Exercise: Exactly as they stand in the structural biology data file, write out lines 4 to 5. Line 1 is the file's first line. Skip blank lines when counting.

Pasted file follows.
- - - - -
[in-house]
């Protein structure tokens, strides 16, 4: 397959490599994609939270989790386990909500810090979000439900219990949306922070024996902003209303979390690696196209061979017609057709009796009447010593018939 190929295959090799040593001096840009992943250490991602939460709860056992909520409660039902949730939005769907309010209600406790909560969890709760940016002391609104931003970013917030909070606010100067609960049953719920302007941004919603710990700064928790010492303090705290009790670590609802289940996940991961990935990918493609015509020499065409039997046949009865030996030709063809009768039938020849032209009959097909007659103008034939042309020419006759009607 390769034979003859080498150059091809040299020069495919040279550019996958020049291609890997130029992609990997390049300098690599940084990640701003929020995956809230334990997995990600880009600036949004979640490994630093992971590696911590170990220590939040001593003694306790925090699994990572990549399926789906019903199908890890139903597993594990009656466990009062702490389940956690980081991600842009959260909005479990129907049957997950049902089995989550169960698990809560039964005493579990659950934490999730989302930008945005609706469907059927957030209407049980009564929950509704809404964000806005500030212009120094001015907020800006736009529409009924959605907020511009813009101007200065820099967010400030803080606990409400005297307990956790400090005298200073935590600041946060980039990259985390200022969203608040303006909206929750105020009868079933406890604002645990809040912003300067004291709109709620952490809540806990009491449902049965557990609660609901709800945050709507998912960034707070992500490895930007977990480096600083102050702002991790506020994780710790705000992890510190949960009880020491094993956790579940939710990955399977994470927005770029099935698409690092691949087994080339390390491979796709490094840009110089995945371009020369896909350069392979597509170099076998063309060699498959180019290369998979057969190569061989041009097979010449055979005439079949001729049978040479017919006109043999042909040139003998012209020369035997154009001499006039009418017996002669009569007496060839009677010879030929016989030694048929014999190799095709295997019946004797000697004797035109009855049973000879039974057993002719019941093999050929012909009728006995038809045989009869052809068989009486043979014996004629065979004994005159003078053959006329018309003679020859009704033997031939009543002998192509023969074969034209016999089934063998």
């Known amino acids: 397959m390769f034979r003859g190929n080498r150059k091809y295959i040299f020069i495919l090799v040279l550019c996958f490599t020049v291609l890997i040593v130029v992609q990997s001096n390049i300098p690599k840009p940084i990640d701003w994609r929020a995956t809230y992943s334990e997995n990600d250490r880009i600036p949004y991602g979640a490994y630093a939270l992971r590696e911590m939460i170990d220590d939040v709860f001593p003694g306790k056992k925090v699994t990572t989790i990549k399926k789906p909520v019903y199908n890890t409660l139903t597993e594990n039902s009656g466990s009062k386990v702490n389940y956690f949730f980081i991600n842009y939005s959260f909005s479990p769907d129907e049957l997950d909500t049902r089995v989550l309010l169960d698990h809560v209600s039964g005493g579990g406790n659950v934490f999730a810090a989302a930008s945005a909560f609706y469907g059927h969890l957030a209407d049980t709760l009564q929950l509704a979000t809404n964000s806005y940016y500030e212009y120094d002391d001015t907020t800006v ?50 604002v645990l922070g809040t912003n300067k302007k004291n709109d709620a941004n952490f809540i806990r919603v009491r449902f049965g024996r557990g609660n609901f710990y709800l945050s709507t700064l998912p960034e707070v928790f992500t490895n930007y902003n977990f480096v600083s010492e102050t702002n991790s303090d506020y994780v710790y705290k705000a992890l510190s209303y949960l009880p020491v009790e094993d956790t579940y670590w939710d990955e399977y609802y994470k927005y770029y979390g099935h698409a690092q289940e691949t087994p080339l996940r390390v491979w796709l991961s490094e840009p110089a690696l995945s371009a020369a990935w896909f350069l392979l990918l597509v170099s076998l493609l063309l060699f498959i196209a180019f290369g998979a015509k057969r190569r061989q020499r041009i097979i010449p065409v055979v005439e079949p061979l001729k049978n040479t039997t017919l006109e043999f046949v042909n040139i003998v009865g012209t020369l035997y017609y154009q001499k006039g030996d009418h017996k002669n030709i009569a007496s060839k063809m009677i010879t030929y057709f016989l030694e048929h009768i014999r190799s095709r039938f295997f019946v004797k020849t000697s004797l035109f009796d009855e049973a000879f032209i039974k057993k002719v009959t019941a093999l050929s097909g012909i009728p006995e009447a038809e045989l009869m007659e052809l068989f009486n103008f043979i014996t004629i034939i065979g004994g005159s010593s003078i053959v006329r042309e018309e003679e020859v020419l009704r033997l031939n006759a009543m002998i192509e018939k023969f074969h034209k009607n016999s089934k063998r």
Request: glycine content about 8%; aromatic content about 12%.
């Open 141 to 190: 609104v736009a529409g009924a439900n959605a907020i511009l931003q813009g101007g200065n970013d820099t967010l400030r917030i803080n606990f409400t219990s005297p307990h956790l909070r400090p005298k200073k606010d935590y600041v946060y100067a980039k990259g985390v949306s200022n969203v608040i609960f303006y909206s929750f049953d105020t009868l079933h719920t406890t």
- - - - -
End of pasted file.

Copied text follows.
Request: glycine content about 8%; aromatic content about 12%.
């Open 141 to 190: 609104v736009a529409g009924a439900n959605a907020i511009l931003q813009g101007g200065n970013d820099t967010l400030r917030i803080n606990f409400t219990s005297p307990h956790l909070r400090p005298k200073k606010d935590y600041v946060y100067a980039k990259g985390v949306s200022n969203v608040i609960f303006y909206s929750f049953d105020t009868l079933h719920t406890t």